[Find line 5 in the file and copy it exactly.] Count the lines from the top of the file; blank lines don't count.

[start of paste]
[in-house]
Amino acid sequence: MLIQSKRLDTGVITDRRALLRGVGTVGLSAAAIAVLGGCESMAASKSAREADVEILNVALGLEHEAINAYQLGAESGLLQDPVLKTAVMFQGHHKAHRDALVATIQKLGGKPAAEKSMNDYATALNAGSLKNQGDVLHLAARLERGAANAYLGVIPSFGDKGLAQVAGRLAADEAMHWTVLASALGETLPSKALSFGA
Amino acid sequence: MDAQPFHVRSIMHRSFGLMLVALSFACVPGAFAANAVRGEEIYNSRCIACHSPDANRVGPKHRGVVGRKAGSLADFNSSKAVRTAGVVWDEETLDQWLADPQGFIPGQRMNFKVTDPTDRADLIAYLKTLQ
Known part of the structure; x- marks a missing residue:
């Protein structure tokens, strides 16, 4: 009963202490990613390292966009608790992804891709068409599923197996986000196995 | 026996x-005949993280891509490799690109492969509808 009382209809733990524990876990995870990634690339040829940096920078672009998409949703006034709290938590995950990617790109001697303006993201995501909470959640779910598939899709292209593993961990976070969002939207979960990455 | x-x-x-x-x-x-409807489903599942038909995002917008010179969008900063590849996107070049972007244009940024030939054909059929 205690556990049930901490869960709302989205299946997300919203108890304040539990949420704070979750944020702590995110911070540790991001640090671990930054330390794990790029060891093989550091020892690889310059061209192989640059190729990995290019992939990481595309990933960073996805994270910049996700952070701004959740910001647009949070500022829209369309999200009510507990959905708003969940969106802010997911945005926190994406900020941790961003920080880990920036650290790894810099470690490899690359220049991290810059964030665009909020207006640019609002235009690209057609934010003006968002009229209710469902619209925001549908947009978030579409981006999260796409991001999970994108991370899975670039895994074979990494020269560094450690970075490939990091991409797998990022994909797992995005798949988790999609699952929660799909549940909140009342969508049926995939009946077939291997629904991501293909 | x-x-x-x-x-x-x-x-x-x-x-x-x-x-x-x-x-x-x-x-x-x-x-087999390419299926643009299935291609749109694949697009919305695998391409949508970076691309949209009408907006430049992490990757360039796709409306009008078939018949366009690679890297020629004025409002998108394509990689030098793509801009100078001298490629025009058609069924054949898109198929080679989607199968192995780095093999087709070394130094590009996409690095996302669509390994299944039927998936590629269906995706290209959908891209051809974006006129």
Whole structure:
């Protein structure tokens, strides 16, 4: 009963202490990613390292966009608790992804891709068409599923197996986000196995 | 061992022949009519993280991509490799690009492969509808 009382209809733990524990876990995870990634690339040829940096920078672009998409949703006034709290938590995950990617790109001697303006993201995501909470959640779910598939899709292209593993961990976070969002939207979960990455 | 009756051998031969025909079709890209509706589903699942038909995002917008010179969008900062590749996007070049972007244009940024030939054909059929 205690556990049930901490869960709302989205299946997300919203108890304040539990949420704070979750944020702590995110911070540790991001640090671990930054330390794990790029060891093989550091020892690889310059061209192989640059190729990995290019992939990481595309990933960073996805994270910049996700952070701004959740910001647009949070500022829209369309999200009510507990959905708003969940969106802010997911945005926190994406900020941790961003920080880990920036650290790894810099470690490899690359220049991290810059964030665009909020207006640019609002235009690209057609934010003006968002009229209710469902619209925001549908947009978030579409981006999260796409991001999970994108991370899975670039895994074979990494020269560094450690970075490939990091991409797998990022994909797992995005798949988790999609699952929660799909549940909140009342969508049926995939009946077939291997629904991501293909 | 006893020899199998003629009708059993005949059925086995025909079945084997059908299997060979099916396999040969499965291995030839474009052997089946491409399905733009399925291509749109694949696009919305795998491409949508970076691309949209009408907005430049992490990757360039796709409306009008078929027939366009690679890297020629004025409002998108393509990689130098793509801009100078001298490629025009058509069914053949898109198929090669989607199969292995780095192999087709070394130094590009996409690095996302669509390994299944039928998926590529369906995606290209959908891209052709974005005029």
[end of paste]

């Protein structure tokens, strides 16, 4: 009963202490990613390292966009608790992804891709068409599923197996986000196995 | 026996x-005949993280891509490799690109492969509808 009382209809733990524990876990995870990634690339040829940096920078672009998409949703006034709290938590995950990617790109001697303006993201995501909470959640779910598939899709292209593993961990976070969002939207979960990455 | x-x-x-x-x-x-409807489903599942038909995002917008010179969008900063590849996107070049972007244009940024030939054909059929 205690556990049930901490869960709302989205299946997300919203108890304040539990949420704070979750944020702590995110911070540790991001640090671990930054330390794990790029060891093989550091020892690889310059061209192989640059190729990995290019992939990481595309990933960073996805994270910049996700952070701004959740910001647009949070500022829209369309999200009510507990959905708003969940969106802010997911945005926190994406900020941790961003920080880990920036650290790894810099470690490899690359220049991290810059964030665009909020207006640019609002235009690209057609934010003006968002009229209710469902619209925001549908947009978030579409981006999260796409991001999970994108991370899975670039895994074979990494020269560094450690970075490939990091991409797998990022994909797992995005798949988790999609699952929660799909549940909140009342969508049926995939009946077939291997629904991501293909 | x-x-x-x-x-x-x-x-x-x-x-x-x-x-x-x-x-x-x-x-x-x-x-087999390419299926643009299935291609749109694949697009919305695998391409949508970076691309949209009408907006430049992490990757360039796709409306009008078939018949366009690679890297020629004025409002998108394509990689030098793509801009100078001298490629025009058609069924054949898109198929080679989607199968192995780095093999087709070394130094590009996409690095996302669509390994299944039927998936590629269906995706290209959908891209051809974006006129």